How I Fell in Love with My Liberal Arts College

Gavin Quinn, Intern at Colleges of Distinction

When it came time to choose a school, I had three guiding questions: Would I be in a big city? Was the financial aid package reasonable? And finally, perhaps the most important, was the campus pretty? The kind of education I’d be receiving wasn’t an important question because online rankings told me everything I needed to know what I’d be studying. Or so I thought. College selection then became a process of elimination using my guiding questions to filter out schools. So when I finally decided on St. Edwards University, it was based on rankings and my superficial targets. Little did I know how much more there was to the student experience that the rankings never covered.

The first class of my college career happened to be my freshman seminar, the course I was the most excited for when registering. For a bit of background, a freshman seminar is a course some colleges require first-year students to take, typically specializing in a subject of the student’s choice. My choice happened to be Film and Literature, something I’d never had the opportunity to study in a classroom setting. I was excited to an embarrassing degree to be in a lecture hall with some forty number of peers who also wanted to study the same things as me.

In addition to being a specialized study of interest, the course served as a “Welcome to Colleĵge!” intro pack. My professors would intentionally have us discuss on-campus events like open mic nights and soccer matches at the beginning of every class period. Discussions also included events in Austin that might be of interest to us. For example, we were frequently updated about special movie screenings like Mad Max: Fury Road in monochrome.



My freshman seminar was supplemented by Rhetoric and Composition II, a writing-intensive course that every student at my university is required to take. The students in this course were also in my seminar, which helped me find a niche of people I ended up calling my friends. A majority of the work in this class was focused on creating rigorously-planned research projects.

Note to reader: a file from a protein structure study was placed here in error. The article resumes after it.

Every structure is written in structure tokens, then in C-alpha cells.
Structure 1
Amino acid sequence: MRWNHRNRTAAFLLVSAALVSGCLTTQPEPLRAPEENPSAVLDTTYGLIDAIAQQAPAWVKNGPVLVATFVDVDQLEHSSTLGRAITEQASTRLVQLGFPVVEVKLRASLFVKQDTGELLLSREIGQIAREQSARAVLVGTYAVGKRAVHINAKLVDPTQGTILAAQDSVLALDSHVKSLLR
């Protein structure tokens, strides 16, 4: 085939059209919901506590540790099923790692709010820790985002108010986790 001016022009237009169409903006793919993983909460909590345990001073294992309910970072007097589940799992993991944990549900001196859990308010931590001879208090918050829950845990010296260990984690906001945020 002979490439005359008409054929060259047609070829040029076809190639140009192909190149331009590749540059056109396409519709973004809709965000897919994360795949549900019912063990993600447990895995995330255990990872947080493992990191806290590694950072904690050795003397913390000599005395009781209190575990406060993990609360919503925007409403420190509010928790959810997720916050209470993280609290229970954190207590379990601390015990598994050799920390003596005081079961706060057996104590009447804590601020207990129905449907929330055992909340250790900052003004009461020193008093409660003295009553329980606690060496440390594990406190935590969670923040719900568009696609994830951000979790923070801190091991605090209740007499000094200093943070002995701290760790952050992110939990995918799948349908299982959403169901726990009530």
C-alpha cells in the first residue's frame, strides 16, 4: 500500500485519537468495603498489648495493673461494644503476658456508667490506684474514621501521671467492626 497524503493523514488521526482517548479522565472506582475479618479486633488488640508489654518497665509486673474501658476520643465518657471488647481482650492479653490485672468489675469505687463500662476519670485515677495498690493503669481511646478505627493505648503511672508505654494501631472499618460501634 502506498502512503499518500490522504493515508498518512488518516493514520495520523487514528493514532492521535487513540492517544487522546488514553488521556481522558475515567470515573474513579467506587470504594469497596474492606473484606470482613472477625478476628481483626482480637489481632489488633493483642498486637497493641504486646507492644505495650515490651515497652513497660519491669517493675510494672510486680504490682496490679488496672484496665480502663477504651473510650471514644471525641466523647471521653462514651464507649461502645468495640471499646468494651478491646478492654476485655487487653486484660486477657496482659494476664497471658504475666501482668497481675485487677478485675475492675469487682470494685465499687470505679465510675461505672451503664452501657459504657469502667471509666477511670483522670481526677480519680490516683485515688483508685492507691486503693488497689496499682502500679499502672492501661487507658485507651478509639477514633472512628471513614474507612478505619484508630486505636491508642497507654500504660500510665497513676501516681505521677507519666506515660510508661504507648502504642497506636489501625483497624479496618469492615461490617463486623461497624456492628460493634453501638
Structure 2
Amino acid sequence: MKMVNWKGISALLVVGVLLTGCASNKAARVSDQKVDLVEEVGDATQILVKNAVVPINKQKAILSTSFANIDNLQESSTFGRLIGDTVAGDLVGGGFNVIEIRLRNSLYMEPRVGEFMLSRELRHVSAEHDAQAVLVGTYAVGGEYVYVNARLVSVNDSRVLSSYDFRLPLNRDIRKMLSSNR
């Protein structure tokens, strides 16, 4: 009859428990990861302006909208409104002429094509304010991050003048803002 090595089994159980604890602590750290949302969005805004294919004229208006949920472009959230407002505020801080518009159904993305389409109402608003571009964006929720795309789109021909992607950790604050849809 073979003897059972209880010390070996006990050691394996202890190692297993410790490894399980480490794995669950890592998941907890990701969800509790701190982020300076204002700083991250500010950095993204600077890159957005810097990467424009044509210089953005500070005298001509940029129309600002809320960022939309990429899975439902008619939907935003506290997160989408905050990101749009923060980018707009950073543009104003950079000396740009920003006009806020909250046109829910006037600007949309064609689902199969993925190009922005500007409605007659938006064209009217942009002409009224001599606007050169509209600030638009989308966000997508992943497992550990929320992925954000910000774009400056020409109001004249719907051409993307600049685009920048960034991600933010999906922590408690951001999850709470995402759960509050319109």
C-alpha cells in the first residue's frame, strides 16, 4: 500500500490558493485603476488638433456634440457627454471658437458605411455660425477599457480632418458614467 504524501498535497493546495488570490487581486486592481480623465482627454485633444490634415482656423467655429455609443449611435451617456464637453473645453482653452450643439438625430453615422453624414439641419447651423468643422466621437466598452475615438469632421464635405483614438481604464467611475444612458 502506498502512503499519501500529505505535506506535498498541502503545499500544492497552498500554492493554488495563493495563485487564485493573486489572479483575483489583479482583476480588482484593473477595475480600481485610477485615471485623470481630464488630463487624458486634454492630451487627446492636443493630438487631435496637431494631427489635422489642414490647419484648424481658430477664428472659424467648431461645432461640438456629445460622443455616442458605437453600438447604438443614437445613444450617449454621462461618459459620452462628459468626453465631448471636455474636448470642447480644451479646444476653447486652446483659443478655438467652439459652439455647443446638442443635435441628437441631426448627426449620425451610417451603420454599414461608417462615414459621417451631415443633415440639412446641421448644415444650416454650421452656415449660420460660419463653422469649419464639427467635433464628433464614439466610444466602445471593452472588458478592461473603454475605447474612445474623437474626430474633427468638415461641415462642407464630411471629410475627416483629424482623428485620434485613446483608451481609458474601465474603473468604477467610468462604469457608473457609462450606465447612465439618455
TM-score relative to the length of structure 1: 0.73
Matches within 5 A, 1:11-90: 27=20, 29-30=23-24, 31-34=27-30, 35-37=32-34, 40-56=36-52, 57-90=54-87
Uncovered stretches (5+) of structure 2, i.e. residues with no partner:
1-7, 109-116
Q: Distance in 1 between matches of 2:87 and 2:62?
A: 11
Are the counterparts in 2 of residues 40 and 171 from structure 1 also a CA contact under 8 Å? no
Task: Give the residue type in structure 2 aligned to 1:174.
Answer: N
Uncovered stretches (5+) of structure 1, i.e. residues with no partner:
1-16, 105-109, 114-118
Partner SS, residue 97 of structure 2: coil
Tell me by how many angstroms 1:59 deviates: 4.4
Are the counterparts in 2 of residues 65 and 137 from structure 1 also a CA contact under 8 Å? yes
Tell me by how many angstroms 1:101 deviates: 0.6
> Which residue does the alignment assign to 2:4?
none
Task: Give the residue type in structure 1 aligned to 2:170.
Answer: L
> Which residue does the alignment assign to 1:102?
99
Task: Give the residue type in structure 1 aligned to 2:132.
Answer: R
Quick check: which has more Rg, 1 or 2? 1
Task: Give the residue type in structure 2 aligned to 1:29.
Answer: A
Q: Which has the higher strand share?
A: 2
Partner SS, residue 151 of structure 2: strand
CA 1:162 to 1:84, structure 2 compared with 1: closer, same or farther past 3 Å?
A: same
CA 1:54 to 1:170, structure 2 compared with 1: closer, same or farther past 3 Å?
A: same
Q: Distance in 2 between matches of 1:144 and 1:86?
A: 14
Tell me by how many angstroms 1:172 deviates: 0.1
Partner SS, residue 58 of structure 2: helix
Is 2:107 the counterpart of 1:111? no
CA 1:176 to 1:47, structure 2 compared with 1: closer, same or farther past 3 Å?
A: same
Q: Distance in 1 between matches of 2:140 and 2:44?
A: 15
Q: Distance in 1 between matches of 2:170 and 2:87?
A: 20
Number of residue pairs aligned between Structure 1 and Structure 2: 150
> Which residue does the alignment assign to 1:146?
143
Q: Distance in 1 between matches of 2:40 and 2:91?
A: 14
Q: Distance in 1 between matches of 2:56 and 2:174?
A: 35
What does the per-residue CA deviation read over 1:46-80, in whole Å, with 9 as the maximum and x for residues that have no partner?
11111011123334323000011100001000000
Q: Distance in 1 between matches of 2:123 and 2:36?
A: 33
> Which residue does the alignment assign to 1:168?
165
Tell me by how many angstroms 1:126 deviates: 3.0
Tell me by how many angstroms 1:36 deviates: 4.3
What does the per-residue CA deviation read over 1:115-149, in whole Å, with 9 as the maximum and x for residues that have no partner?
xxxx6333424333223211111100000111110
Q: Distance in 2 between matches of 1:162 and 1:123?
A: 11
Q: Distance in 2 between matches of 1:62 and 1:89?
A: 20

While the phrase “research project” earned an instant groan in high school, it meant an entirely different project in college. For example, one project had me spending weeks conducting research on the effects social media has on people’s relationships. This included preparing material for things I found online and actually going out and interviewing people on their personal experiences. After I wrote a paper on the topic, a later assignment was to make that research accessible, and I chose to write a screenplay, a task I’d never undertaken before.



My courses expanded my worldview to include global perspectives. ‘Global perspectives‘ sounds kind of like a buzz-term, but it’s actually been a life-changer for me. Prior to college, I knew I was an individual in a world much larger than myself, but I didn’t realize how much consideration I could give that in my daily life. To point to one class, my religious studies course forced me to evaluate diverse points of view that stem from different walks of life. That’s actually the most significant takeaway I had from my freshman year on a liberal arts campus: the importance of compassion, cooperation, and communication.

Those are the kinds of things that make me optimistic for both my academic and personal future. Learning to understand others has proven to be a critical skill time and time again. Whether it be on a group project where a partner’s work is falling through the cracks or an internship where my effort isn’t up to par with supervisor’s expectations, the altruistic mindset I’m developing is proving to be the most helpful tool in my daily life.



At one point, I considered transferring to a public state university. They had an enticing film program, a wide range of resources and was definitely better known than my tiny liberal arts school, St. Edward’s University.  In the end, I couldn’t give it up. Yeah, being in a big city is nice. So is the great financial aid package, and of course, my campus is still beautiful. But it’s everything else that kept me at St. Edward’s. The value of my liberal arts education is too great to quantify.

 

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